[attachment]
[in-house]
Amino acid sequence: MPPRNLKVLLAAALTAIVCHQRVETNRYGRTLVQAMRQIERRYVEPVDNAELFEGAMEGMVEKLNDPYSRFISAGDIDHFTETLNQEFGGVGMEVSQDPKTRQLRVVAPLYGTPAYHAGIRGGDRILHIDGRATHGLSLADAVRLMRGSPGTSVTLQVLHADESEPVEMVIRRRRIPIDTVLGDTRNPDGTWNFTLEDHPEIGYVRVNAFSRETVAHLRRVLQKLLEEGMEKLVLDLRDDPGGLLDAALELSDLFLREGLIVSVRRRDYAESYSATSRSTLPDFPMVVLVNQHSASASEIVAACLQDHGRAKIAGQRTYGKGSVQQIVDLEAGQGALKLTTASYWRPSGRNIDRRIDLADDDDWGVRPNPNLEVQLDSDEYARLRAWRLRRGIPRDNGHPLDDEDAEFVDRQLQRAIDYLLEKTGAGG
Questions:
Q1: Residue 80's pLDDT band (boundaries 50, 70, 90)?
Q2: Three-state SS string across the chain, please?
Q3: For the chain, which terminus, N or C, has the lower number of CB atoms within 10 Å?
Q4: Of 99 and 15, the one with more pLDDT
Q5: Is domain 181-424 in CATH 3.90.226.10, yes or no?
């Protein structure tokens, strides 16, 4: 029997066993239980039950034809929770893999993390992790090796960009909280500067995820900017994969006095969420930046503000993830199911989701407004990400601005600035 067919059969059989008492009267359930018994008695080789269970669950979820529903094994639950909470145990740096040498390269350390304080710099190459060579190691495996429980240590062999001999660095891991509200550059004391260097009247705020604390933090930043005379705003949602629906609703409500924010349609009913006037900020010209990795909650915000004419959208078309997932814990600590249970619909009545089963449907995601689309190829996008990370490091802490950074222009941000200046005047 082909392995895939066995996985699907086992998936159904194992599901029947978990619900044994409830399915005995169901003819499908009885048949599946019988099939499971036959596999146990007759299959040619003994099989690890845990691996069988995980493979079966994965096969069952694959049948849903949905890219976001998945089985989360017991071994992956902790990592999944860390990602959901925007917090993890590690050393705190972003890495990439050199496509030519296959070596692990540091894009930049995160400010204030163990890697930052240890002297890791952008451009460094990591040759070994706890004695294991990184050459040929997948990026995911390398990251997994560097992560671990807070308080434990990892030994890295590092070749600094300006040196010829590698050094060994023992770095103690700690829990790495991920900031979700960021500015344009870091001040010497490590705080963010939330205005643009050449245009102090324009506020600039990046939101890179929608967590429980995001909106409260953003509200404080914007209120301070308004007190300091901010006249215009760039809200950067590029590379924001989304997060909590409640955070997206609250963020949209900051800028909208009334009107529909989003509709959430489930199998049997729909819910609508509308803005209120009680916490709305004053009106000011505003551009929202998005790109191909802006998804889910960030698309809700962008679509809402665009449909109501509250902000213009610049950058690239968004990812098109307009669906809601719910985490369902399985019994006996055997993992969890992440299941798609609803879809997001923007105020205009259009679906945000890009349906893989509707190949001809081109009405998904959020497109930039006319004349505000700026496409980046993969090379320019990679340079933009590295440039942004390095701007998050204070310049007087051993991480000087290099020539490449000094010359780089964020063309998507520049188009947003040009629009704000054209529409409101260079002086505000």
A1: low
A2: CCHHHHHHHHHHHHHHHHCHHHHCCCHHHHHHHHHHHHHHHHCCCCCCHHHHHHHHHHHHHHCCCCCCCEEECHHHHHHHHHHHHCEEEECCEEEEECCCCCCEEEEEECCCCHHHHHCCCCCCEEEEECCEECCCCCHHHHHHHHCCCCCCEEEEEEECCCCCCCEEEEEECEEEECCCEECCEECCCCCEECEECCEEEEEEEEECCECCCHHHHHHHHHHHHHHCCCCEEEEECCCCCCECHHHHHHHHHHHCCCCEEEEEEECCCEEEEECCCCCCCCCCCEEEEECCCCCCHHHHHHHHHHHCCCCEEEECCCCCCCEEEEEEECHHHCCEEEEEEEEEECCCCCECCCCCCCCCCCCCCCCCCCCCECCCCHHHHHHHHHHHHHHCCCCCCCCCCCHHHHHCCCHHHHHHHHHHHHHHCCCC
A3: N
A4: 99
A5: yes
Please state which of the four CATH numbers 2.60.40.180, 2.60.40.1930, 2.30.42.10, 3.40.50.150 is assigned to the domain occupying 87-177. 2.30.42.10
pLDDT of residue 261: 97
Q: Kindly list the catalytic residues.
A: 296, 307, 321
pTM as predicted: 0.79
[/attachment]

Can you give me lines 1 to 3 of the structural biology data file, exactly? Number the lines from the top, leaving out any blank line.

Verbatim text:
[in-house]
Amino acid sequence: MPPRNLKVLLAAALTAIVCHQRVETNRYGRTLVQAMRQIERRYVEPVDNAELFEGAMEGMVEKLNDPYSRFISAGDIDHFTETLNQEFGGVGMEVSQDPKTRQLRVVAPLYGTPAYHAGIRGGDRILHIDGRATHGLSLADAVRLMRGSPGTSVTLQVLHADESEPVEMVIRRRRIPIDTVLGDTRNPDGTWNFTLEDHPEIGYVRVNAFSRETVAHLRRVLQKLLEEGMEKLVLDLRDDPGGLLDAALELSDLFLREGLIVSVRRRDYAESYSATSRSTLPDFPMVVLVNQHSASASEIVAACLQDHGRAKIAGQRTYGKGSVQQIVDLEAGQGALKLTTASYWRPSGRNIDRRIDLADDDDWGVRPNPNLEVQLDSDEYARLRAWRLRRGIPRDNGHPLDDEDAEFVDRQLQRAIDYLLEKTGAGG
Questions: